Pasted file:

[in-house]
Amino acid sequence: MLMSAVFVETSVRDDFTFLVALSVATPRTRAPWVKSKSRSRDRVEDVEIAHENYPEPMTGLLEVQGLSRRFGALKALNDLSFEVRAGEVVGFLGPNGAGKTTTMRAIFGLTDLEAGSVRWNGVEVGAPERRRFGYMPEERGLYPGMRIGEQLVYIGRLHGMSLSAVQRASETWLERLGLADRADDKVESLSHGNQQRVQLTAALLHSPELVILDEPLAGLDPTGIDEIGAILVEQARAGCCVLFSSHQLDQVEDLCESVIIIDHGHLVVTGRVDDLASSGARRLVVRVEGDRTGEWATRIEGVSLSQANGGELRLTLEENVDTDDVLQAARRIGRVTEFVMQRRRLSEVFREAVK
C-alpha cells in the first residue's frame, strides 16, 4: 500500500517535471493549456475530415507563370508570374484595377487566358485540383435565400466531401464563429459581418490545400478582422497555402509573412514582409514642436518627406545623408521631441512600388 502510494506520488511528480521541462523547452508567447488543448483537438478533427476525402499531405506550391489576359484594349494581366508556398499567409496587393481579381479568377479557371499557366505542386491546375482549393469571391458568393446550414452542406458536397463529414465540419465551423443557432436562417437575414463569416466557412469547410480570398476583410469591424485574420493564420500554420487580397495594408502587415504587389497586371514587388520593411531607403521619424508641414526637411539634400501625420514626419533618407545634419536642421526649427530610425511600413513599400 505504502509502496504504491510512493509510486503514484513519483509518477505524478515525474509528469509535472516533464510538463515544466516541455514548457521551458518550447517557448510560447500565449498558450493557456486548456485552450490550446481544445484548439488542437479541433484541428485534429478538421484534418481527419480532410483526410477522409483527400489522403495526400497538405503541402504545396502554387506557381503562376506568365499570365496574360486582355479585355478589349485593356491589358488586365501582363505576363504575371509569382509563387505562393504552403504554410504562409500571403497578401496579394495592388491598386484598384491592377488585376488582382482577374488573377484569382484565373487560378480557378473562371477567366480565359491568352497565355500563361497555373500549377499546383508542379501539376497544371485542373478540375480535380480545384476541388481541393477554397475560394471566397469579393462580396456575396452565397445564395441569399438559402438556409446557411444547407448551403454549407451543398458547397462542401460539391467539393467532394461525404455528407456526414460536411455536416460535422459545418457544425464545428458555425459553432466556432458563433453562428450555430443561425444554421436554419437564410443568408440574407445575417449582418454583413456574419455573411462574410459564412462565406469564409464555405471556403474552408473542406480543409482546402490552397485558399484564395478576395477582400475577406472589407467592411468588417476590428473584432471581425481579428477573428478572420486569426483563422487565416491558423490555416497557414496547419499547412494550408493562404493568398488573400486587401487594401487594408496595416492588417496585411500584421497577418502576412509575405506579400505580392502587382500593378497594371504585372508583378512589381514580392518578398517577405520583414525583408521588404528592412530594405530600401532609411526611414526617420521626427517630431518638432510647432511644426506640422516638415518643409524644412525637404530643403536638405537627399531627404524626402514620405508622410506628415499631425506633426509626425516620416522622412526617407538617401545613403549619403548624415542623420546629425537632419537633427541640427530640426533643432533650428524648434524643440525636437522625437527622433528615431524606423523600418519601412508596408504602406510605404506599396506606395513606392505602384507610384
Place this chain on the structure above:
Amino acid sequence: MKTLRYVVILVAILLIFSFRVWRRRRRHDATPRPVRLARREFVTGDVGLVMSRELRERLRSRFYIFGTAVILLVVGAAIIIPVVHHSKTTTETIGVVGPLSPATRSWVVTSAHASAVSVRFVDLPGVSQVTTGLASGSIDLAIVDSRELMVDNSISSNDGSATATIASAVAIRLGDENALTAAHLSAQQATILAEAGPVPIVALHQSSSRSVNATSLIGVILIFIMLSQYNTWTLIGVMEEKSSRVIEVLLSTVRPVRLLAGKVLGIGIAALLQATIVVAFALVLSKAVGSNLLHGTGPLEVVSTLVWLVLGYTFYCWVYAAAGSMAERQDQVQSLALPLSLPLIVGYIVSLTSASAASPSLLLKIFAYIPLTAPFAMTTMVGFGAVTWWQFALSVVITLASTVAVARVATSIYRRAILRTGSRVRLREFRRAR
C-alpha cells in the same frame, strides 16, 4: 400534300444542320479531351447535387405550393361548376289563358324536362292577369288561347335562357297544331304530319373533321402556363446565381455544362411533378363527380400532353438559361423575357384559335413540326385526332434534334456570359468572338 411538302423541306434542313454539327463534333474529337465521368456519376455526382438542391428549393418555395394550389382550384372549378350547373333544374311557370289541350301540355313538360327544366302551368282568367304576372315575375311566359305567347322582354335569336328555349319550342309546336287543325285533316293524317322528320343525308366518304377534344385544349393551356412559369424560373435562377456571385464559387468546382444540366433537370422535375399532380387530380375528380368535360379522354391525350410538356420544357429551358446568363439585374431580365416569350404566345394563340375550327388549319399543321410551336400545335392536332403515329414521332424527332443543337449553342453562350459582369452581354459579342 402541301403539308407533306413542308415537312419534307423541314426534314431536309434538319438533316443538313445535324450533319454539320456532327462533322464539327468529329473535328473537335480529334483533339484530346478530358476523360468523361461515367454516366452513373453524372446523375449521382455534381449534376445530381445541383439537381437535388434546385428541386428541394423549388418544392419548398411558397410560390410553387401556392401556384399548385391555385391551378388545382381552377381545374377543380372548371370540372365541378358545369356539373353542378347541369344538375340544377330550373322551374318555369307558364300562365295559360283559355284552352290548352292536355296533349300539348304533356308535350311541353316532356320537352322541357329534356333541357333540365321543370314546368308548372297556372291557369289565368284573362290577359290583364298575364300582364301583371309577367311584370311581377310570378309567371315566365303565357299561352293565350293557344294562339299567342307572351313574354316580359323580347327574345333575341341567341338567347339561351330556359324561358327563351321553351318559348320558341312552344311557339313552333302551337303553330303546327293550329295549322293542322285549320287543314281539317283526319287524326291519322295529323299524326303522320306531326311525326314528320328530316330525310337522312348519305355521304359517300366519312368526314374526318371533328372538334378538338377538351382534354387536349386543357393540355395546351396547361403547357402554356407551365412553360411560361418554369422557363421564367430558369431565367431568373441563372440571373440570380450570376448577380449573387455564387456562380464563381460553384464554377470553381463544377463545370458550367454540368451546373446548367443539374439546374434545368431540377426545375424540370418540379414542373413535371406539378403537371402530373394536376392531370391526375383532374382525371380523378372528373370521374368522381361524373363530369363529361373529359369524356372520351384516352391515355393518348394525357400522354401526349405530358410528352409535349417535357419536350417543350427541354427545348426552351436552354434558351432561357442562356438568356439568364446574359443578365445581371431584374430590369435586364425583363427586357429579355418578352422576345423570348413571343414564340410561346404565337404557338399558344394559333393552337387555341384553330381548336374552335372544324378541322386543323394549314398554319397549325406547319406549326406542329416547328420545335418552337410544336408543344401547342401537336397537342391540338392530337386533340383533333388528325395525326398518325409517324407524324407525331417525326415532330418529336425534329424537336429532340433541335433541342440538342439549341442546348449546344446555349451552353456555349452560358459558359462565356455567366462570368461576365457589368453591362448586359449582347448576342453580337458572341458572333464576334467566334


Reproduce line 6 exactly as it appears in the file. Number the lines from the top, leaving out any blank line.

C-alpha cells in the same frame, strides 16, 4: 400534300444542320479531351447535387405550393361548376289563358324536362292577369288561347335562357297544331304530319373533321402556363446565381455544362411533378363527380400532353438559361423575357384559335413540326385526332434534334456570359468572338 411538302423541306434542313454539327463534333474529337465521368456519376455526382438542391428549393418555395394550389382550384372549378350547373333544374311557370289541350301540355313538360327544366302551368282568367304576372315575375311566359305567347322582354335569336328555349319550342309546336287543325285533316293524317322528320343525308366518304377534344385544349393551356412559369424560373435562377456571385464559387468546382444540366433537370422535375399532380387530380375528380368535360379522354391525350410538356420544357429551358446568363439585374431580365416569350404566345394563340375550327388549319399543321410551336400545335392536332403515329414521332424527332443543337449553342453562350459582369452581354459579342 402541301403539308407533306413542308415537312419534307423541314426534314431536309434538319438533316443538313445535324450533319454539320456532327462533322464539327468529329473535328473537335480529334483533339484530346478530358476523360468523361461515367454516366452513373453524372446523375449521382455534381449534376445530381445541383439537381437535388434546385428541386428541394423549388418544392419548398411558397410560390410553387401556392401556384399548385391555385391551378388545382381552377381545374377543380372548371370540372365541378358545369356539373353542378347541369344538375340544377330550373322551374318555369307558364300562365295559360283559355284552352290548352292536355296533349300539348304533356308535350311541353316532356320537352322541357329534356333541357333540365321543370314546368308548372297556372291557369289565368284573362290577359290583364298575364300582364301583371309577367311584370311581377310570378309567371315566365303565357299561352293565350293557344294562339299567342307572351313574354316580359323580347327574345333575341341567341338567347339561351330556359324561358327563351321553351318559348320558341312552344311557339313552333302551337303553330303546327293550329295549322293542322285549320287543314281539317283526319287524326291519322295529323299524326303522320306531326311525326314528320328530316330525310337522312348519305355521304359517300366519312368526314374526318371533328372538334378538338377538351382534354387536349386543357393540355395546351396547361403547357402554356407551365412553360411560361418554369422557363421564367430558369431565367431568373441563372440571373440570380450570376448577380449573387455564387456562380464563381460553384464554377470553381463544377463545370458550367454540368451546373446548367443539374439546374434545368431540377426545375424540370418540379414542373413535371406539378403537371402530373394536376392531370391526375383532374382525371380523378372528373370521374368522381361524373363530369363529361373529359369524356372520351384516352391515355393518348394525357400522354401526349405530358410528352409535349417535357419536350417543350427541354427545348426552351436552354434558351432561357442562356438568356439568364446574359443578365445581371431584374430590369435586364425583363427586357429579355418578352422576345423570348413571343414564340410561346404565337404557338399558344394559333393552337387555341384553330381548336374552335372544324378541322386543323394549314398554319397549325406547319406549326406542329416547328420545335418552337410544336408543344401547342401537336397537342391540338392530337386533340383533333388528325395525326398518325409517324407524324407525331417525326415532330418529336425534329424537336429532340433541335433541342440538342439549341442546348449546344446555349451552353456555349452560358459558359462565356455567366462570368461576365457589368453591362448586359449582347448576342453580337458572341458572333464576334467566334